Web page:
I adore these stories of perseverance, chasing after your dream, transformation and bravery. They embolden me and I want to embolden others with them.
J: Where can our community find and get get in touch with you?
And thank you, Christine, for sharing your valuable time and perspective with us. I know that having the privilege to interview someone not only very talented, but humble and kind such as yourself has been an inspiring experience for me, and I hope the same can be said for anyone else reading this now.
You can checkout more of Christine's artwork on her website christinerhee.com
Now, readers, if you’ve made it this far, I hope you can come away from Christine’s wonderful example feeling ready to pursue whatever path in your lives leads you to the most happiness and completeness, or—if you haven’t found it yet—to have the courage to keep searching until you do.
So what are you waiting for? Get out there and be the best version of yourself you can be!
Hiya Firiel! No need to apologize for the slowness, and apologies if I caused offense, I didn't meant to, was just making an observation. ^^ I really like it here so far; the smaller community feel is nice. I also look forward to seeing you around and perusing your art.
Hiya. I found myself in a similar situation, having been sharing my art here for a bit but only recently checking out the forums. Sadly they seem a bit slow...
Hope you're enjoying paperdemon. I quite like it here myself. ^^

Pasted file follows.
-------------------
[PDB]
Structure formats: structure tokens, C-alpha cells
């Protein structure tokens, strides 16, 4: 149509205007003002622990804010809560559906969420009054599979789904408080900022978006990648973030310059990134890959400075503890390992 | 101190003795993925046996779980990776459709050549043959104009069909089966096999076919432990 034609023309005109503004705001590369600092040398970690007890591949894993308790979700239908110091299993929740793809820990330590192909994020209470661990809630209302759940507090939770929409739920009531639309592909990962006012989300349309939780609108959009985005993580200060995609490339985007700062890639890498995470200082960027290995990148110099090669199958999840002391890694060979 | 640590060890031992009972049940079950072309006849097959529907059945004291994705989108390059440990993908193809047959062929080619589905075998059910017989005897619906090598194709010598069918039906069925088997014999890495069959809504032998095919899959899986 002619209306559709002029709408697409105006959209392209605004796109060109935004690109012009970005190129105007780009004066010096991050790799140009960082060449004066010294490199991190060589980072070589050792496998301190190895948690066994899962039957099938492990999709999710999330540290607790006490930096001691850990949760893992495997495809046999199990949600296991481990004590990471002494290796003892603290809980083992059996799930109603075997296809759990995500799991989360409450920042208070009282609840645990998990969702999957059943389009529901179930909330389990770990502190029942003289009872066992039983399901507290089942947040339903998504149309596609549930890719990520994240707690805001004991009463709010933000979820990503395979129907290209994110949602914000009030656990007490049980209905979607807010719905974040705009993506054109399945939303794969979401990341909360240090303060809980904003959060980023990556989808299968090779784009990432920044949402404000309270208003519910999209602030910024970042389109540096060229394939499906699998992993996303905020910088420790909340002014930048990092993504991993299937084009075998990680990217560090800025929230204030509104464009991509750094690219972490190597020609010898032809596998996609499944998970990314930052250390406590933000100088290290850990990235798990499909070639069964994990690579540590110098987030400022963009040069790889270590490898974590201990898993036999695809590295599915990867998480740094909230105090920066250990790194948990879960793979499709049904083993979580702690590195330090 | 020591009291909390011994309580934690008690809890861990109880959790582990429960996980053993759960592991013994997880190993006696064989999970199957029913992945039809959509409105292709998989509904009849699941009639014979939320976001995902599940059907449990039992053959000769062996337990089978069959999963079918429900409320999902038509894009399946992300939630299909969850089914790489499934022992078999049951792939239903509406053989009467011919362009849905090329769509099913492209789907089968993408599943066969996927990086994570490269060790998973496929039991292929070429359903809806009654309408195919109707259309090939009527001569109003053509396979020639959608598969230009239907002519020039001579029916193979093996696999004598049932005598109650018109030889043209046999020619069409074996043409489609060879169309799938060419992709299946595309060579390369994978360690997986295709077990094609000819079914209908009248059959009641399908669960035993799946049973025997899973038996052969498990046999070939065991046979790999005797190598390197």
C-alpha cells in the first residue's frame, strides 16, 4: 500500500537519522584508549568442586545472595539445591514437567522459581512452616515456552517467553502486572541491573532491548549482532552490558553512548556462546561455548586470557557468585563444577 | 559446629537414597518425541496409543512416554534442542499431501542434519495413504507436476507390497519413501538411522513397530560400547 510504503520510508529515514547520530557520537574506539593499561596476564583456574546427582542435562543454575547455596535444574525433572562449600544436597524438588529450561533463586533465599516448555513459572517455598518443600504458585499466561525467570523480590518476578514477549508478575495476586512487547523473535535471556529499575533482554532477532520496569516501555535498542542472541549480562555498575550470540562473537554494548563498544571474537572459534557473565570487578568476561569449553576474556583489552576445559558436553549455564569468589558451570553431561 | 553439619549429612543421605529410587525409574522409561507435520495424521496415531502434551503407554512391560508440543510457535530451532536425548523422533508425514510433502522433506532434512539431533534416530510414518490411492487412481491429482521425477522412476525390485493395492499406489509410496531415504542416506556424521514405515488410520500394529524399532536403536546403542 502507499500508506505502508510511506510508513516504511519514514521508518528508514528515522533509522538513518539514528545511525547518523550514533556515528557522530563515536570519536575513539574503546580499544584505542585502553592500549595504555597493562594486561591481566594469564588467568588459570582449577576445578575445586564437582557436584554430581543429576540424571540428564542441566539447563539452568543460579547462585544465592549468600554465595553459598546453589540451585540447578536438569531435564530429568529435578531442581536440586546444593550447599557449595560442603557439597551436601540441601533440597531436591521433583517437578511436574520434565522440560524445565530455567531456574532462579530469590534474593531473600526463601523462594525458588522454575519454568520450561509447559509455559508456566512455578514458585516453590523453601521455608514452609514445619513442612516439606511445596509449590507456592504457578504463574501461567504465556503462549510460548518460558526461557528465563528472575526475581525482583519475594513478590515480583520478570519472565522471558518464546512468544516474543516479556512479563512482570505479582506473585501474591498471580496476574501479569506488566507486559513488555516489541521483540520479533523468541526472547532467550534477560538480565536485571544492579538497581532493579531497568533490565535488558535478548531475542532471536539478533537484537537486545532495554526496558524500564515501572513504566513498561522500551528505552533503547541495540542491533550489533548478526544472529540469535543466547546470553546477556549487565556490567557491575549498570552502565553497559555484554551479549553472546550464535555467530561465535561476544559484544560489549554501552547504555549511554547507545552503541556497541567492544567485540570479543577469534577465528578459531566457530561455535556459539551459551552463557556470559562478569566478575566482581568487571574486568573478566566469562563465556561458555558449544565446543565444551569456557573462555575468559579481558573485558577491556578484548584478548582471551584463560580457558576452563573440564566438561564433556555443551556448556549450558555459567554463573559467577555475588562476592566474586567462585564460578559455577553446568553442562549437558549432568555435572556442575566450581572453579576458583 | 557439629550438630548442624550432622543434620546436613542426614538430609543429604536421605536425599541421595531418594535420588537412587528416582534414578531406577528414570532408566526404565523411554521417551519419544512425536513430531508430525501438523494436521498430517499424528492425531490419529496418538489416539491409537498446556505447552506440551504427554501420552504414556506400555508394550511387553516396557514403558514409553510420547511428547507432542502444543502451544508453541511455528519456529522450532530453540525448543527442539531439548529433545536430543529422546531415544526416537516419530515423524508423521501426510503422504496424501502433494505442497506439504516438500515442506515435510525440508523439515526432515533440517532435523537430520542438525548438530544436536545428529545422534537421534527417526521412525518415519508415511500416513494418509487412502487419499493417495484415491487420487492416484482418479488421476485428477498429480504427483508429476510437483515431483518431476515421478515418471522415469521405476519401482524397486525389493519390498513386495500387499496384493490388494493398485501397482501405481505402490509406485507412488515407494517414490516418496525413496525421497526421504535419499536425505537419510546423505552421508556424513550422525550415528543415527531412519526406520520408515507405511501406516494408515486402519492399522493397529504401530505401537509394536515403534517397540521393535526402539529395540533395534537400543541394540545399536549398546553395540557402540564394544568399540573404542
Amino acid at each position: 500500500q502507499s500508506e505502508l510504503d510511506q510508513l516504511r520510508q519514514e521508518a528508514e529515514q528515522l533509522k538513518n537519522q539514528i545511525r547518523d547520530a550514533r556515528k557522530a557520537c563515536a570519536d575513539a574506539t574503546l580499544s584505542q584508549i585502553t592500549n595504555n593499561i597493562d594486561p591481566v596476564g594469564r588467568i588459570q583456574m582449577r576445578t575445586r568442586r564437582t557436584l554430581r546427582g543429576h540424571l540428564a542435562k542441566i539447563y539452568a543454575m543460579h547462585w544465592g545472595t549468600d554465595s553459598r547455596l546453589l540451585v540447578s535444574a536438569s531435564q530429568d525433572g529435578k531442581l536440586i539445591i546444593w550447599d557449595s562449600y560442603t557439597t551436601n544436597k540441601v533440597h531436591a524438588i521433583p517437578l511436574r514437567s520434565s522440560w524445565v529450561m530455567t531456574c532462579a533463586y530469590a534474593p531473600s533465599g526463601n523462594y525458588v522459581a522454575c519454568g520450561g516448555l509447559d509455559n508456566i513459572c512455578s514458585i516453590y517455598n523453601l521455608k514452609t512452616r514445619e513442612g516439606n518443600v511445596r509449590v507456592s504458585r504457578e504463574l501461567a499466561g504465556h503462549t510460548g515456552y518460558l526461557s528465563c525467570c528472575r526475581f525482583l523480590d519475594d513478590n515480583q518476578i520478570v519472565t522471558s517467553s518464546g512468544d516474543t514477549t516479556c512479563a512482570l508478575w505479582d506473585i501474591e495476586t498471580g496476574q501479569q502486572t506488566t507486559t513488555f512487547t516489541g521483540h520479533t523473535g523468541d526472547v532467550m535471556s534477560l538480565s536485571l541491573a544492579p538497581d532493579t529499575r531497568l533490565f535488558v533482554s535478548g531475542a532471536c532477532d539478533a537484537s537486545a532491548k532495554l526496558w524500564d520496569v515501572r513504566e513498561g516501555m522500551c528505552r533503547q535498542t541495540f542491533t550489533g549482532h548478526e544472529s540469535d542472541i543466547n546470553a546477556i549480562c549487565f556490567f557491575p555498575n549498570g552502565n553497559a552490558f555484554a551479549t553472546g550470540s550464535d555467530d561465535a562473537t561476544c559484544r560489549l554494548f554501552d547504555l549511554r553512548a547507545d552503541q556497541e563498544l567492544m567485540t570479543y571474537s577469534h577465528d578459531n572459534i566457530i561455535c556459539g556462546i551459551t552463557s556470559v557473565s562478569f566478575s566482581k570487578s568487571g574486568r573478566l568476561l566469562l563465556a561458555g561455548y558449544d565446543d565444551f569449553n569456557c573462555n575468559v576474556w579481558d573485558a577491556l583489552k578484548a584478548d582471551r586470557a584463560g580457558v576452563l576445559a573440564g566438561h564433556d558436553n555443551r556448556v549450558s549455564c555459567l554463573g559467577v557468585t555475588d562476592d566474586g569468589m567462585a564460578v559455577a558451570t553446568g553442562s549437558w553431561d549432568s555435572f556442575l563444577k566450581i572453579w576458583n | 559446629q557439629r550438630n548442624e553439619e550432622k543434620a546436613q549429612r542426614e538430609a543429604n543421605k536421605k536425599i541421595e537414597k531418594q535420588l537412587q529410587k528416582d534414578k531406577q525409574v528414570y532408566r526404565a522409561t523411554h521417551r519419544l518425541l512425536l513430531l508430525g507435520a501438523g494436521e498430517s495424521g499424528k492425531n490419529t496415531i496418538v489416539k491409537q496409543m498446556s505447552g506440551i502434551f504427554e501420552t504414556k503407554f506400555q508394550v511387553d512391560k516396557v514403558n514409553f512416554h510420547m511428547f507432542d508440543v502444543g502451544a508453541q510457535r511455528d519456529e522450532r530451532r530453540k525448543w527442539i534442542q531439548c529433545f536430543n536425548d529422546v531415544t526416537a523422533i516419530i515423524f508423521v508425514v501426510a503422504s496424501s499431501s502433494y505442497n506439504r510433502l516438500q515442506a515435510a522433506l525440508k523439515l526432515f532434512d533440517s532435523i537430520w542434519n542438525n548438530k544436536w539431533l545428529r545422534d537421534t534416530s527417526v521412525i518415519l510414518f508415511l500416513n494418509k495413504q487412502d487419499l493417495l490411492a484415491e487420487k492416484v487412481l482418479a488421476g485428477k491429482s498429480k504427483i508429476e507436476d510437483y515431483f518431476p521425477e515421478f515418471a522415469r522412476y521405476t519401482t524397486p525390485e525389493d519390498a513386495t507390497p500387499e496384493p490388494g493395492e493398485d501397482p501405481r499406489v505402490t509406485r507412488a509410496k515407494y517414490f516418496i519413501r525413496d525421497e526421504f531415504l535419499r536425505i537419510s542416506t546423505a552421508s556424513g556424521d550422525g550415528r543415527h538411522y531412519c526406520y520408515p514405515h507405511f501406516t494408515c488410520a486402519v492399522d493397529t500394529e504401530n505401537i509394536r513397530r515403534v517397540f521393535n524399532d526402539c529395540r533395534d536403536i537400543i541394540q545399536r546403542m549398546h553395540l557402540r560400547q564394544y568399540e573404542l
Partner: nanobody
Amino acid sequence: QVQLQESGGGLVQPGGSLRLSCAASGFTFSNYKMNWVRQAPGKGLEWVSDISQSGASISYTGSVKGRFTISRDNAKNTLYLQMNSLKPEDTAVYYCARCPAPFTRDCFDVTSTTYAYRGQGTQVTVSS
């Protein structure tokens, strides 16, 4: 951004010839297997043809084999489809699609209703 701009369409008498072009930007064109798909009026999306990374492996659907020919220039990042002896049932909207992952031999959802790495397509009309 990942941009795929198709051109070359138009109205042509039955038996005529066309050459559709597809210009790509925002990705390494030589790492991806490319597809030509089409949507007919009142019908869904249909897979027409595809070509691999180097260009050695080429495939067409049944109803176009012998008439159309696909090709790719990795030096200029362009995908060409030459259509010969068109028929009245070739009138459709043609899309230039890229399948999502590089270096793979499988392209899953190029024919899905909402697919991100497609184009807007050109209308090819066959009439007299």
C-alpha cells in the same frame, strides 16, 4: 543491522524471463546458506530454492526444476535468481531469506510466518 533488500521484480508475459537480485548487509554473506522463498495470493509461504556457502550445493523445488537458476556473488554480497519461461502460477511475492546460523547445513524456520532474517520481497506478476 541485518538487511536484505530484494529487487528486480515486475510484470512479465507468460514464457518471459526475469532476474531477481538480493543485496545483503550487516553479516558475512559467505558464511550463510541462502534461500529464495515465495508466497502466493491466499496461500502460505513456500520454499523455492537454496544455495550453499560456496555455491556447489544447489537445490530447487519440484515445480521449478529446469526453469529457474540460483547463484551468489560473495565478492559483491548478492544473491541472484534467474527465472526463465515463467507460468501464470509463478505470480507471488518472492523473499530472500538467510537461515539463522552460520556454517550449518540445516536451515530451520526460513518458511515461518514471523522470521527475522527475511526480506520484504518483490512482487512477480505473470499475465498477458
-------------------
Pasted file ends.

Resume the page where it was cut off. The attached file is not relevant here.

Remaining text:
I knowwww, I need to take my own advice. I did write an article on the subject, I suppose maybe I should try to practice what I preach. >.>
And thanks! I'm glad to be here. I really like this little place you have set up here. I used to share my art on Deviant Art, but haven't been for awhile. Not sure what it is exactly, but something made me loose interest. Paperdemon is better IMO.
Too bad the forums here seem a little...dead. o.o
Topic: Finding Your Muse
Don't Wait for it, Go Out and Grab It!
In Greek Mythology, the Muses were thought to be the source of knowledge and inspiration for the arts. Today we use the term more loosely, as anyone or anything that helps us find inspiration for our creative pursuits. Today, I'd like to help you find your own Muse.
See, a lot of artists think that if they wait around, inspiration will come to them. While sudden inspiration can happen, it's not something to be relied upon, as it's sporadic at best. And the thing is, there are actually a number of ways you can actively search for and find your Muse, instead of just waiting around for it.
Just Go for It